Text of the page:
It was a main contribution and a bad one. being willing to forgive people for what they have done is good. Unconditional forgiveness, the whole 'turn the other cheek no matter what' attitude that has come out of the 'everything is forgiven, even if you keep doing the same thing, just so long as you say sorry' is a bad thing, both individually and as a society.
A thousand years earlier (than the alleged crucifiction, pun intended), the Jews kicked ass, slaughtering as many as they could in the area known as Palestine, or the Levant, to take possession of a land that had belonged to others for centuries, all because they believed the fables that told of a desert god promising that land to an early ancestor.
Then the Assyrians came along, kicked their butts, and scattered ten of their twelve tribes to the four winds, the Babylonians followed later, and took the majority of them into exile in Babylon for fifty or so years before the Persions conquered Babylon and allowed those who wanted to, to return.
Then Alexander and his Greeks conquered the Levant, followed by the Romans, after the Greek alliances fell apart. By this time, the Jews had learned the hard way that, as the Borg say, "resistance is futile," turning the other cheek became a societal survival technique, and the alternative to forgiveness is vengeance, which, in a society where you're the low man on the totem pole, is pretty much out of the question.
The principals that Yeshua (if he ever existed) taught were survival techniques. The quotation, "if a man asks you to go a mile with him, go with him two," for example, was based on a Roman occupation law, that a Roman soldier, tired from marching, had the legal right to conscript any Jewish civilian and make him carry the soldier's backpack for a mile - Yeshua suggested that in order to get along, make it two, you can hardly be condemned for being too nice.
@Dave - that's not how it really works - it has to be earned, but the chance is always on offer. That's how universal unconditional love plays out in reality, in my opinion. As Misty pointed out earlier, this is different to how we would treat someone we personally have a loving relationship with. Then, we are likely to forgive them anything, although we would probably want to talk about the issue.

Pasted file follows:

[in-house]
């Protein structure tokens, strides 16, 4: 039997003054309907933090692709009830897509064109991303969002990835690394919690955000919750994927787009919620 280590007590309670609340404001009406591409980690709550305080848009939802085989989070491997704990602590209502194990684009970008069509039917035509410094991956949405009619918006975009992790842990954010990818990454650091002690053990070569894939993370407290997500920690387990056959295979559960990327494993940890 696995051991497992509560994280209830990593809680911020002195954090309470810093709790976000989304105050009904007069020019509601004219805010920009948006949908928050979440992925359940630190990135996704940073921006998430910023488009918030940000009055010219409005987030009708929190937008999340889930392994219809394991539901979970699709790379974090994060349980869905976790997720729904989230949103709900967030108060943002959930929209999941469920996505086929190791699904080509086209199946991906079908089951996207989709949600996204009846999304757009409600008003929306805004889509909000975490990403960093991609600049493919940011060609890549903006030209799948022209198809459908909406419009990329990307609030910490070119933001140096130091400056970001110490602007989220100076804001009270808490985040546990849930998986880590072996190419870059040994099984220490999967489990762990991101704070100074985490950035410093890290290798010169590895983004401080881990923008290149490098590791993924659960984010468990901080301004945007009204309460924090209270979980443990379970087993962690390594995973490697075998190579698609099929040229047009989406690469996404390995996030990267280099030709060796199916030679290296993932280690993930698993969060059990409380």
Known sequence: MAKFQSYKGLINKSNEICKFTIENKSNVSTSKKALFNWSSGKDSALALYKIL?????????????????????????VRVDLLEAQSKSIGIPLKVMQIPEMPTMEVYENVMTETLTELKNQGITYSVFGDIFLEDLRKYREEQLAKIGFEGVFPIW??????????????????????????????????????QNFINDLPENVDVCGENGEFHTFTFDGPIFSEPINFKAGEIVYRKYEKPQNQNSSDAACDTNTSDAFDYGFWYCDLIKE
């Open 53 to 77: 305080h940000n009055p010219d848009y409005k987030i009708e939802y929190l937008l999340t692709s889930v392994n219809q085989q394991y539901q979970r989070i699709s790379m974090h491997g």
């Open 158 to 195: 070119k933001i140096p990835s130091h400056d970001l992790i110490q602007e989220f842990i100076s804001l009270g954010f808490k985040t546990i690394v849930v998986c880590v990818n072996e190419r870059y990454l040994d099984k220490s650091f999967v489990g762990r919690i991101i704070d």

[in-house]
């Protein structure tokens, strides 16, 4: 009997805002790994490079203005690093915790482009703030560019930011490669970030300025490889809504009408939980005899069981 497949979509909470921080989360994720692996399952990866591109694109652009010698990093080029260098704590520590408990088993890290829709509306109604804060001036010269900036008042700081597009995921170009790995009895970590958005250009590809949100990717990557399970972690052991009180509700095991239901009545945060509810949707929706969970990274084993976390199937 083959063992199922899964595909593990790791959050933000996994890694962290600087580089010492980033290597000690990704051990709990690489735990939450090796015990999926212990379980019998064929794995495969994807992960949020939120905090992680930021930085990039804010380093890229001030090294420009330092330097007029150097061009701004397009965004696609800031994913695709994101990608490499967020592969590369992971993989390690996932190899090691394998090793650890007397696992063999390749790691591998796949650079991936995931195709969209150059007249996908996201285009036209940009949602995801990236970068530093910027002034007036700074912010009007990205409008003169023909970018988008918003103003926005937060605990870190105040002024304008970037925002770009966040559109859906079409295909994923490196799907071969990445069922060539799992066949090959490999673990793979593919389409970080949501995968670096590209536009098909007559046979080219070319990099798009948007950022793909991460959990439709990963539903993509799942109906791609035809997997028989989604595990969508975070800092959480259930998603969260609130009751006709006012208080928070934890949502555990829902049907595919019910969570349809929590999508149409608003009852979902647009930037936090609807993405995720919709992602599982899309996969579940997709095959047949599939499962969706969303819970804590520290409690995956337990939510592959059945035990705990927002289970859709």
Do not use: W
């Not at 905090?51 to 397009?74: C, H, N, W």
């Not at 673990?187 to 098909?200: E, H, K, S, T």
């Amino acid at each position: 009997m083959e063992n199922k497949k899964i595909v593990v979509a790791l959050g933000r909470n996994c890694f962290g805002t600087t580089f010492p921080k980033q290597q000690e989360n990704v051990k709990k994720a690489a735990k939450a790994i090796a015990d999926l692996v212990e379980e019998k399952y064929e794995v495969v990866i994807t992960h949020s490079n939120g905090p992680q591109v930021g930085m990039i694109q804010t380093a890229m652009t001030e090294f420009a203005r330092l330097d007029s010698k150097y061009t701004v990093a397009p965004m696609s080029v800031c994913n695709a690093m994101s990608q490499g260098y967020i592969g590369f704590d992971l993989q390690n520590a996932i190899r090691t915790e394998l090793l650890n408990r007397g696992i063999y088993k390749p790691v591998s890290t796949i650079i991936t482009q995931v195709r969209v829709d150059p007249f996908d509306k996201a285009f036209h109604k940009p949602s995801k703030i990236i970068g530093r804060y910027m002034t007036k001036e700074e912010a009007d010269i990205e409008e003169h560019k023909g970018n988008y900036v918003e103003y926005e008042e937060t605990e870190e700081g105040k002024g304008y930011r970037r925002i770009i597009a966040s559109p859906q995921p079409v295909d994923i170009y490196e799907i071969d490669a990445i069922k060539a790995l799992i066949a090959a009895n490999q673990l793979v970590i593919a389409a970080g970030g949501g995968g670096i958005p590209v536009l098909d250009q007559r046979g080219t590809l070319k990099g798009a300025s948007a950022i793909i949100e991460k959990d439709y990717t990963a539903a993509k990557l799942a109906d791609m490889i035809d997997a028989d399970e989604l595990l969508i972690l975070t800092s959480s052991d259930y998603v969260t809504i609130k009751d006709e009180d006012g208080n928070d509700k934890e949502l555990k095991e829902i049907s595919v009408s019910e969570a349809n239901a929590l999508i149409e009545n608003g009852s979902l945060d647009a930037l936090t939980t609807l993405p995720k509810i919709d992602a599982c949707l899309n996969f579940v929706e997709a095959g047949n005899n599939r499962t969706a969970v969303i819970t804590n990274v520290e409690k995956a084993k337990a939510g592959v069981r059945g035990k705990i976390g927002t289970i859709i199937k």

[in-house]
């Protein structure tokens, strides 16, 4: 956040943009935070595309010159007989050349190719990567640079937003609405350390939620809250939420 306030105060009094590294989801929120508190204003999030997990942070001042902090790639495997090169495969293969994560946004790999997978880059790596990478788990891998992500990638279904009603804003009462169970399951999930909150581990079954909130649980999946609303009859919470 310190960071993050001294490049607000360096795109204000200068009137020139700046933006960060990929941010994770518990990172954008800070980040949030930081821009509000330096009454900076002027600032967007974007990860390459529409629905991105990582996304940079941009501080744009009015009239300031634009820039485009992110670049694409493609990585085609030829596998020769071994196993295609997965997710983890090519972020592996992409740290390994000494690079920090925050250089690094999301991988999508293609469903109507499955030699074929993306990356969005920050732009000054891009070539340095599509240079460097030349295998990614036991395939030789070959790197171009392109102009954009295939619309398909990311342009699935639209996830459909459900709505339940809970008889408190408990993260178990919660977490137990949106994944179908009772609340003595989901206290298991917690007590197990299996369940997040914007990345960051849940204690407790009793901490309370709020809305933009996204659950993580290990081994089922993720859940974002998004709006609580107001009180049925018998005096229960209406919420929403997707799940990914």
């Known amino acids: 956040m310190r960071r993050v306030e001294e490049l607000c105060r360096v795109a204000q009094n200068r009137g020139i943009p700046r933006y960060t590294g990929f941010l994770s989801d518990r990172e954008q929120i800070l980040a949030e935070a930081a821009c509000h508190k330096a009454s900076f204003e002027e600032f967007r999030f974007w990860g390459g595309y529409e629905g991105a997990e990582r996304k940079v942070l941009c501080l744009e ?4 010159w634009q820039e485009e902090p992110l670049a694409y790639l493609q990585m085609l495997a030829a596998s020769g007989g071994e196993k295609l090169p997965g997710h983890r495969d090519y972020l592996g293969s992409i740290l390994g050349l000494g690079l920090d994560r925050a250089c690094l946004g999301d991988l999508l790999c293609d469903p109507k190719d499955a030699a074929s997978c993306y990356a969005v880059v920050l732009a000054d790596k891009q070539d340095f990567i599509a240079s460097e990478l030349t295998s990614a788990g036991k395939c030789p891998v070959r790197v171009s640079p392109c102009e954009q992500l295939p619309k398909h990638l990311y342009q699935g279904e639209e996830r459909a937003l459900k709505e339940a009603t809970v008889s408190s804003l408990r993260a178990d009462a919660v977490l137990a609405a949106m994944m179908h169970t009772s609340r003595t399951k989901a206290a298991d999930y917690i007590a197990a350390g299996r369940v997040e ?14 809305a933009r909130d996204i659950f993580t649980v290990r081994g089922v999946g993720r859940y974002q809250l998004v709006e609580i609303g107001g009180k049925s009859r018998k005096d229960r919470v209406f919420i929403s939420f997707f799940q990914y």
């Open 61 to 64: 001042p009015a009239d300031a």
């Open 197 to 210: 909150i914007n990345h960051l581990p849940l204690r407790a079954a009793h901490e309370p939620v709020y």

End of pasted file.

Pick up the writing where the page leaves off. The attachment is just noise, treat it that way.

Ah, but humanity didn't do anything to earn it. Jesus went and paid the price for everyone, free admission to forgiveness, no effort required.
If you are trying to promote the idea of being willing to forgive people if they earn it (a good idea in my opinion), using a case of substitutionary atonement as your prime example is a bad way to do so.
Perhaps you were not reared in the catholic world of guilt and low self esteem attributed to your hero, Jesus. All this forgiveness, yet hell awaits YOU Simon. You missed the fact that your atheistic butt will not be forgiven. James Cox was talking about accountability. I agree, that that makes for a better society than letting scoundrels repeat their crimes. But if god and his son somehow hold me accountable for Adam's lame original sin story, well screw them both.
And Simple Simon says:
And I'm a lifelong confirmed atheist.
It don't get much better then that, I think they call that some kind of cognitive disconnect. Thanks for the chuckle Simple.